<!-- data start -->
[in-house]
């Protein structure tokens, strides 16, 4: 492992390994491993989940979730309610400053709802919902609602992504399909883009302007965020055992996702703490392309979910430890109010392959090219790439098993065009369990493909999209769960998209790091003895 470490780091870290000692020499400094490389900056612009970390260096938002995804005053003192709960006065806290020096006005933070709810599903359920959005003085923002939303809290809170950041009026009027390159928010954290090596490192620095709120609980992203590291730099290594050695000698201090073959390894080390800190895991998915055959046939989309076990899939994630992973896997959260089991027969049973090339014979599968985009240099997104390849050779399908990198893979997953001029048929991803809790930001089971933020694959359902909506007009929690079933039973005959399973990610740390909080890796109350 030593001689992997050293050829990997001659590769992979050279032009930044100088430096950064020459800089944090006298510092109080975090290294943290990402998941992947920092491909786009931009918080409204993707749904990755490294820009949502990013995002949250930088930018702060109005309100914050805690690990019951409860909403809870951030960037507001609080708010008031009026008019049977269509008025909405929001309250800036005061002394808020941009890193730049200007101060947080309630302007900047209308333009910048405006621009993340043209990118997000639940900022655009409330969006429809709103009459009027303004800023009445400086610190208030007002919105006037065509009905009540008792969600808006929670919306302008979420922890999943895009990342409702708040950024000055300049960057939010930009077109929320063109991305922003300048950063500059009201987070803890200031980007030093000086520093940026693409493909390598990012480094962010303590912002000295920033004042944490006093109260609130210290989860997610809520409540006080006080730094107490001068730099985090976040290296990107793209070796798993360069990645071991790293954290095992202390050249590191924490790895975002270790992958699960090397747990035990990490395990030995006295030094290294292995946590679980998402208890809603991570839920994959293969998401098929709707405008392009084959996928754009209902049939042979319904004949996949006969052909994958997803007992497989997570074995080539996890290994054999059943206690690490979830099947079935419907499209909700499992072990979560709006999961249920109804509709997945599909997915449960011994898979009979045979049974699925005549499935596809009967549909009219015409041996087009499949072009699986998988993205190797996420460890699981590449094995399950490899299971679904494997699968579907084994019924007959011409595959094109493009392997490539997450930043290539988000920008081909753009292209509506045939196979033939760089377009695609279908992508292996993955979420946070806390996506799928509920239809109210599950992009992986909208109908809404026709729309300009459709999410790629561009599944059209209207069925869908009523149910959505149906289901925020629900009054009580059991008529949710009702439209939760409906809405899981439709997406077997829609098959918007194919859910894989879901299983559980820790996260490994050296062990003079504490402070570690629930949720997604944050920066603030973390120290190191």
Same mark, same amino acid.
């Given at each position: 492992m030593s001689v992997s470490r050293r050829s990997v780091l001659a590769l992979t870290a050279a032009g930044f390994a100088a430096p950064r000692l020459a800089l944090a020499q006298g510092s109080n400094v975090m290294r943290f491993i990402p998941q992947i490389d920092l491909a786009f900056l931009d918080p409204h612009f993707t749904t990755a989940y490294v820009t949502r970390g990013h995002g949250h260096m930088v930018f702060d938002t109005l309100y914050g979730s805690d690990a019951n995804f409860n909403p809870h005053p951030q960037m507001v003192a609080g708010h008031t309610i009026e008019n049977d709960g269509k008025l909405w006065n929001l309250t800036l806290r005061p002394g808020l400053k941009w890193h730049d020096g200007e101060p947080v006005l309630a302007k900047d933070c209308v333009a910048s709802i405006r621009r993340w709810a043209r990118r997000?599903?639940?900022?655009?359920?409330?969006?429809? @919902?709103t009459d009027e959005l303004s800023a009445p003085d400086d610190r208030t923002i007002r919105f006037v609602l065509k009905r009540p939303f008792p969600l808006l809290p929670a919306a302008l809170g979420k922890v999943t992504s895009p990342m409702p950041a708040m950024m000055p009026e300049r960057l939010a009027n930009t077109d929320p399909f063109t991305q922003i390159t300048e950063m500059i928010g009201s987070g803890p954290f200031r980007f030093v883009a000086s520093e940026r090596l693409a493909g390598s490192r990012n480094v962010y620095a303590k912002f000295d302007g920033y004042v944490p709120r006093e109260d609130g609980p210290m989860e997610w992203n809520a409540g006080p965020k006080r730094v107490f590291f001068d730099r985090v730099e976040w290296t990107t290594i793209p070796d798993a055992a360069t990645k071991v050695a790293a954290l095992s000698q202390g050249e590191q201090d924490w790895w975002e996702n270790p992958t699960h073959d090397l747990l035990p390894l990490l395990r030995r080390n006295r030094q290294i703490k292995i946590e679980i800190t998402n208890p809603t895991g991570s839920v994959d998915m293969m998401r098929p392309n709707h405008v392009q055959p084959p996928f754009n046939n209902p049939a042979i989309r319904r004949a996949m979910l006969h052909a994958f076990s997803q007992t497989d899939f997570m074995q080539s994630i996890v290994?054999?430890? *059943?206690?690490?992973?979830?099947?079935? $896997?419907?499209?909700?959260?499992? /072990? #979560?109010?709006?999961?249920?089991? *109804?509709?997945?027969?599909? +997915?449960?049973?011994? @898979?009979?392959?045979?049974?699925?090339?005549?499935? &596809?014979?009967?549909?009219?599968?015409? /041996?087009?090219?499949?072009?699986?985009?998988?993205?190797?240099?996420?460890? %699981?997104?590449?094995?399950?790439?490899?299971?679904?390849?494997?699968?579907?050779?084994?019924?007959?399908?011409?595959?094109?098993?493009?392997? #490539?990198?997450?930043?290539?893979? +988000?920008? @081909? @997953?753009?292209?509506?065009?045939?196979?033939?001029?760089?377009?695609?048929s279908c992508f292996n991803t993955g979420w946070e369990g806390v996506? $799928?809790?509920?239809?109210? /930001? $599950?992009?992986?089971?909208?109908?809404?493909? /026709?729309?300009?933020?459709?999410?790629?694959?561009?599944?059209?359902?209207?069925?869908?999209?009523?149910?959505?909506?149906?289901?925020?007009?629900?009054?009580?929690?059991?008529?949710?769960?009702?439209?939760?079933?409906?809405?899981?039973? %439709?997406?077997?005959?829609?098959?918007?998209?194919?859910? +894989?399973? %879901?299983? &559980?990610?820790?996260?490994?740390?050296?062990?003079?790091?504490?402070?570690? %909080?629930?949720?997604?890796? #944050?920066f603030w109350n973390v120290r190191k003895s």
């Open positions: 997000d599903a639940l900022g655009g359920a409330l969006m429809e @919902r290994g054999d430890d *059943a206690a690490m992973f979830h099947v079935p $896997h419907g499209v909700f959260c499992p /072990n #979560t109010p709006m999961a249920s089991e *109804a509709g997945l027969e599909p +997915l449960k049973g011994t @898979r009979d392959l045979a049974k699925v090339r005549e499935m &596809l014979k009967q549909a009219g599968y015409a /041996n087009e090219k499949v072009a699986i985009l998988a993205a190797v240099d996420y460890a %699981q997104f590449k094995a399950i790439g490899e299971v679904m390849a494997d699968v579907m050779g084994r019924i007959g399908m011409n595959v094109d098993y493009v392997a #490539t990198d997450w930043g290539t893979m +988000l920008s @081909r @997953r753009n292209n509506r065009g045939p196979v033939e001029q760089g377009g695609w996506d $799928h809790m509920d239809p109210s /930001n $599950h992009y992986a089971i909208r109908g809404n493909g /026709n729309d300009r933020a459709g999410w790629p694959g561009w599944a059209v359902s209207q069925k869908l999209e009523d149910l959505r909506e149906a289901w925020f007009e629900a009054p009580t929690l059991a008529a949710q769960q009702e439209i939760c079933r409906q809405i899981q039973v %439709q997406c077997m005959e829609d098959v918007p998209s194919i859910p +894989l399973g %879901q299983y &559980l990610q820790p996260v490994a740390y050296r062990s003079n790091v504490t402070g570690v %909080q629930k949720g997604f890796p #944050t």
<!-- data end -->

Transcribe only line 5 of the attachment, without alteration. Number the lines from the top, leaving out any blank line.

């Open positions: 997000d599903a639940l900022g655009g359920a409330l969006m429809e @919902r290994g054999d430890d *059943a206690a690490m992973f979830h099947v079935p $896997h419907g499209v909700f959260c499992p /072990n #979560t109010p709006m999961a249920s089991e *109804a509709g997945l027969e599909p +997915l449960k049973g011994t @898979r009979d392959l045979a049974k699925v090339r005549e499935m &596809l014979k009967q549909a009219g599968y015409a /041996n087009e090219k499949v072009a699986i985009l998988a993205a190797v240099d996420y460890a %699981q997104f590449k094995a399950i790439g490899e299971v679904m390849a494997d699968v579907m050779g084994r019924i007959g399908m011409n595959v094109d098993y493009v392997a #490539t990198d997450w930043g290539t893979m +988000l920008s @081909r @997953r753009n292209n509506r065009g045939p196979v033939e001029q760089g377009g695609w996506d $799928h809790m509920d239809p109210s /930001n $599950h992009y992986a089971i909208r109908g809404n493909g /026709n729309d300009r933020a459709g999410w790629p694959g561009w599944a059209v359902s209207q069925k869908l999209e009523d149910l959505r909506e149906a289901w925020f007009e629900a009054p009580t929690l059991a008529a949710q769960q009702e439209i939760c079933r409906q809405i899981q039973v %439709q997406c077997m005959e829609d098959v918007p998209s194919i859910p +894989l399973g %879901q299983y &559980l990610q820790p996260v490994a740390y050296r062990s003079n790091v504490t402070g570690v %909080q629930k949720g997604f890796p #944050t």